Bournemouth have waited all season for lady luck, she finally smiled against Leicester


On Monday evening, Eddie Howe walked his dog along Bournemouth’s seafront and attempted to reflect on the night before. But even the tranquility of the Dorset coast might not have been able to provide the answers.

The seaside has habitually been a source of quiet reflection for the Bournemouth boss. Most evenings after work, Howe takes his Boxer dog Eric to the beach, giving both him and his canine pet ample time to wind down, ready for bed.

I’m usually down there on the beach late at night,” said Howe, speaking to the Guardian in 2014. “I’ll put a hat on, run or walk, depending on how I feel physically and it’s one of the rare times I won’t get bothered and can really switch off.”

But when Eric took his Monday evening trot, it was unlikely his owner was able to switch-off. In fact, it has probably been a while since Howe has been able to find any sort of respite away from football. The three-month suspension of the Premier League only elongated the suffering, with Howe continuing to be at the forefront of any demise in the club’s progression.

Right now, Bournemouth are entrenched in a precarious battle for survival, one that requires calmness and consideration, even under the most pressurised of circumstances. His side have been teetering on the brink of relegation for months, daring to think of the devastating repercussions that would ensue because of it.

To fully understand the magnitude of task Howe is currently fixated with, the 42-year-old recently described securing Bournemouth’s Premier League status as “the most difficult challenge” the club has ever faced.

This quote is somewhat significant, considering the situation he faced as a rookie boss in 2009, when Bournemouth were at the basement of the Football League and perilously close to going out of business altogether. They started the season on minus 17 points due to the failure of exiting administration.

But Monday’s walk was likely to be quite different to what had gone before. Howe would normally use this time as a chance for introspective evaluation on his and his side’s performance. But given the freakish, downright outlandish nature of the match against Leicester 24 hours prior, even the unflappable and erudite Howe may have struggled to come to terms with what happened.

There was half-an-hour to go and the writing seemed already on the wall for the Cherries. Those watching either in the ground or from home had all but cosigned Bournemouth into Championship wilderness.

Their performance in the first 60 minutes had been so frankly abject, that it provoked the sense we were all watching a team, a manager and a club anarchically disintegrate in front of our very eyes. The feel-good story of the past decade was slowly seeping out, with each chapter more enduring.

If the curtain hadn’t already fallen before the match, then this showing would have made everyone go home. Bournemouth appeared so mentally awash, that the show would have hit the road and the cleaners would already be in, tidying up the subsequent residue.

‘Howe’ was trending on Twitter, and not as the subject of praise for his managerial methods. Comments were flooding the @AFCBournemouth handle too, with fans from other clubs finding their next prime target to ridicule.

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The game was passing Bournemouth by. Howe was now in the last remaining stage a manager could be in. It’s called the ‘desperation’ stage. He had switched to a back-three at half time, with no attempts to disguise that the ensuing 45 minutes would have to be an all-out kamikaze mission, to even give his side a chance of survival.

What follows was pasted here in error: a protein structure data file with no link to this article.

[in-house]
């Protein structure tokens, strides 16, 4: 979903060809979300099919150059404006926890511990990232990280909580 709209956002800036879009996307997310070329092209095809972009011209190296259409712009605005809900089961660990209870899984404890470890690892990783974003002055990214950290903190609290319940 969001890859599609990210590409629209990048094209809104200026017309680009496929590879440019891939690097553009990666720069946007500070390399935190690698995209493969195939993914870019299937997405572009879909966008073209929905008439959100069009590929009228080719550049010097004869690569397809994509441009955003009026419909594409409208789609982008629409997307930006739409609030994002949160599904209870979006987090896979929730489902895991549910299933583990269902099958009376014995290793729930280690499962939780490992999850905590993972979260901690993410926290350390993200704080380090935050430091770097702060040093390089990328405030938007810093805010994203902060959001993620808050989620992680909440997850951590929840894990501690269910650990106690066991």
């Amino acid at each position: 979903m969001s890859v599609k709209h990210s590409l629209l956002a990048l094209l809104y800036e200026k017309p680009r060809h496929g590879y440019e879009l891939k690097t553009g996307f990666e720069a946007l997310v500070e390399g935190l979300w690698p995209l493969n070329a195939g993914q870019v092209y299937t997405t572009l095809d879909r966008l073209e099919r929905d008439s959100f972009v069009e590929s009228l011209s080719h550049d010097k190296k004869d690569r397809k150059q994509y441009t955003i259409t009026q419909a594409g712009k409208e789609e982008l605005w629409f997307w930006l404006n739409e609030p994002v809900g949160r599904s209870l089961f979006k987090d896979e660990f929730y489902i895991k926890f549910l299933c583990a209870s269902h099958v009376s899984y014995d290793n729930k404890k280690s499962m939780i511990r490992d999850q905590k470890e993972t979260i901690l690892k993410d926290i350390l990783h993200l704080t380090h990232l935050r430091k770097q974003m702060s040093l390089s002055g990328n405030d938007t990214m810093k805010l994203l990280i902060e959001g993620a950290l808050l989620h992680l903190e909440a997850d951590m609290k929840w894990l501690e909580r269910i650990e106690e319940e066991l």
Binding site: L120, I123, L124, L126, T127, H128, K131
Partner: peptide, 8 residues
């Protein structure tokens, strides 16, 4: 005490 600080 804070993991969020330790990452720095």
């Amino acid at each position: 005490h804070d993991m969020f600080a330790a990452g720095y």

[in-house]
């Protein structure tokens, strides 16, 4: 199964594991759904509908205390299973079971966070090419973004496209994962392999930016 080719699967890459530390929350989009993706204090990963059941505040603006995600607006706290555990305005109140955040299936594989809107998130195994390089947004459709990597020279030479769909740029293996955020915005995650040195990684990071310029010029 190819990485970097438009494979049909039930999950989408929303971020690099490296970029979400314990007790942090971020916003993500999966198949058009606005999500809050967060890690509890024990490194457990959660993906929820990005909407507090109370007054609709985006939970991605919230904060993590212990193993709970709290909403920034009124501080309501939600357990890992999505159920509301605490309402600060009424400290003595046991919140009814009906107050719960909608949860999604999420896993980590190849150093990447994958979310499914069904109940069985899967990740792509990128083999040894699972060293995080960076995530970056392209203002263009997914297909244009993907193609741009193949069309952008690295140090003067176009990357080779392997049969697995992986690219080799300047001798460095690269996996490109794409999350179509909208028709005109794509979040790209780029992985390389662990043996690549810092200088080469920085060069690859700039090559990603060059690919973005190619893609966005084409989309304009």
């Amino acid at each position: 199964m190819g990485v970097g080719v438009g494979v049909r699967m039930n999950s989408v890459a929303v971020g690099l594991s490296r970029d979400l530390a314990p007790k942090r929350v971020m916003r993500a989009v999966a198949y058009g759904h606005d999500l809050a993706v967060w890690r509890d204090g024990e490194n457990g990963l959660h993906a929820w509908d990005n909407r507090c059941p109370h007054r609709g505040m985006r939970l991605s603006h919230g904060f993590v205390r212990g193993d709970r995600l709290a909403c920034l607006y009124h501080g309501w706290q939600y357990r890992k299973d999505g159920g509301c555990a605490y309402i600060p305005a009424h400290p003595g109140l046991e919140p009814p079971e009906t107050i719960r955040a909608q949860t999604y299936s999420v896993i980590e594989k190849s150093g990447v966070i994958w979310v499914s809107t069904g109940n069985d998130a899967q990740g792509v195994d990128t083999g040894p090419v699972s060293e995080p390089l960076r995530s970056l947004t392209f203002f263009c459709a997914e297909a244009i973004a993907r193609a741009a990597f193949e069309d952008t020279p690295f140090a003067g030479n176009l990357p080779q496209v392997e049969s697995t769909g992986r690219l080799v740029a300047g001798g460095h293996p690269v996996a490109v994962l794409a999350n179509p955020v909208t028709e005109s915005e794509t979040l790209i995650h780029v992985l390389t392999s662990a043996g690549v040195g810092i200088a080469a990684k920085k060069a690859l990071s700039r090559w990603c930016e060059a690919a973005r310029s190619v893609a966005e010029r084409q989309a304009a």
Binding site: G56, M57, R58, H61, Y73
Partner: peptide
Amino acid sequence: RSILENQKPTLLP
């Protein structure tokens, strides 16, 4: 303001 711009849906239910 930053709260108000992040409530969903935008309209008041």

But 15 minutes into the second-half, the tactical shift hadn’t worked. Leicester were still dominant and Kasper Schmeichel was still a human noise creator, generating a racket far greater than the 11 players in red and black could collectively muster. Bournemouth were also still getting overwhelmed by the physical specimen Wilfried Ndidi and the passing metronome, Youri Tielemans in midfield, too.

The manner of how Leicester’s opposition were chasing shadows and the vast disparity in confidence levels bore resemblance to nine months ago at St Mary’s, the last time the Foxes had visited the south coast.

While the scoreline wasn’t quite a 9-0 demolition, the superiority in mental and technical aptitude was on similar levels. The first hour mirrored a typical game in Bournemouth’s season, possessing all the hallmarks of their defeats this campaign. Batterred and bruised, they would also have personnel casualties to show for it.

Nathan Ake had already limped off, injuring himself after performing an outstanding block to stop Jamie Vardy from grabbing his second. If a moment summed up Bournemouth season, it was that.

Punctuated by an individual error – this time a wretched pass from Arnaut Danjuma – was subsequently compounded by an injury to a key player. Taking two minutes to walk off the field, with physio’s propping him up, Ake’s season was effectively over. And perhaps so too was his Bournemouth career, with interest intensifying over the Cherries’ star player in recent weeks.

Meanwhile, a player held up in completely different regard was having another mare of his own. So often the fall-guy for Bournemouth defeats, Dominic Solanke was also causing traffic on social media.

Shortly into the second-half, he had actually overtaken his boss for tweets about him per minute. Of course, most posts reminding you that this was set be his 39th Premier League appearance for the club, still with a pulsating, embarrassing zero next to his name in the goalscoring charts.

The apex of humiliation arrived in the 5oth minute, when Solanke proved why he was chosen to play the role of the protagonist in the ever-cringe, ever-exacerbating, comedy sketch show that was Bournemouth’s season.